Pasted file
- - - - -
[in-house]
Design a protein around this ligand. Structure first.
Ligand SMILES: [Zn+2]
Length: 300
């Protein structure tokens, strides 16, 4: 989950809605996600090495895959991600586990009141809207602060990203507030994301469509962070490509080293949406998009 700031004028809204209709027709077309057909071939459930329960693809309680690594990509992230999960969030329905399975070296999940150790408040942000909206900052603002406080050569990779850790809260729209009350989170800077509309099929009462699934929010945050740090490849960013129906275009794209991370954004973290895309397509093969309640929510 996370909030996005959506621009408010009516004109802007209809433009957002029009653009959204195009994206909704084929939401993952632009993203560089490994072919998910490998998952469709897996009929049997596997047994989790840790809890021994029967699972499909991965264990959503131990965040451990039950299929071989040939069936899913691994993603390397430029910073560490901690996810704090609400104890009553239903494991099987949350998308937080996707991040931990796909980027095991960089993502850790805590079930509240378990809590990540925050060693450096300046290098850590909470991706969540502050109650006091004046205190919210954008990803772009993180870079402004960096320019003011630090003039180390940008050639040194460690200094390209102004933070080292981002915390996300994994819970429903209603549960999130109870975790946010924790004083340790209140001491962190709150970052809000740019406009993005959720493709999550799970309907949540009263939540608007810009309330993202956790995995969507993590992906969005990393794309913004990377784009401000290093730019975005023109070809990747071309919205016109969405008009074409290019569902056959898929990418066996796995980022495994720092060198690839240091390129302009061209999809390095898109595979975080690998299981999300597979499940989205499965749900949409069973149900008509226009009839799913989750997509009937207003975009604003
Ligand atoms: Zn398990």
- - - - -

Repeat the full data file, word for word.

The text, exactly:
[in-house]
Design a protein around this ligand. Structure first.
Ligand SMILES: [Zn+2]
Length: 300
């Protein structure tokens, strides 16, 4: 989950809605996600090495895959991600586990009141809207602060990203507030994301469509962070490509080293949406998009 700031004028809204209709027709077309057909071939459930329960693809309680690594990509992230999960969030329905399975070296999940150790408040942000909206900052603002406080050569990779850790809260729209009350989170800077509309099929009462699934929010945050740090490849960013129906275009794209991370954004973290895309397509093969309640929510 996370909030996005959506621009408010009516004109802007209809433009957002029009653009959204195009994206909704084929939401993952632009993203560089490994072919998910490998998952469709897996009929049997596997047994989790840790809890021994029967699972499909991965264990959503131990965040451990039950299929071989040939069936899913691994993603390397430029910073560490901690996810704090609400104890009553239903494991099987949350998308937080996707991040931990796909980027095991960089993502850790805590079930509240378990809590990540925050060693450096300046290098850590909470991706969540502050109650006091004046205190919210954008990803772009993180870079402004960096320019003011630090003039180390940008050639040194460690200094390209102004933070080292981002915390996300994994819970429903209603549960999130109870975790946010924790004083340790209140001491962190709150970052809000740019406009993005959720493709999550799970309907949540009263939540608007810009309330993202956790995995969507993590992906969005990393794309913004990377784009401000290093730019975005023109070809990747071309919205016109969405008009074409290019569902056959898929990418066996796995980022495994720092060198690839240091390129302009061209999809390095898109595979975080690998299981999300597979499940989205499965749900949409069973149900008509226009009839799913989750997509009937207003975009604003
Ligand atoms: Zn398990």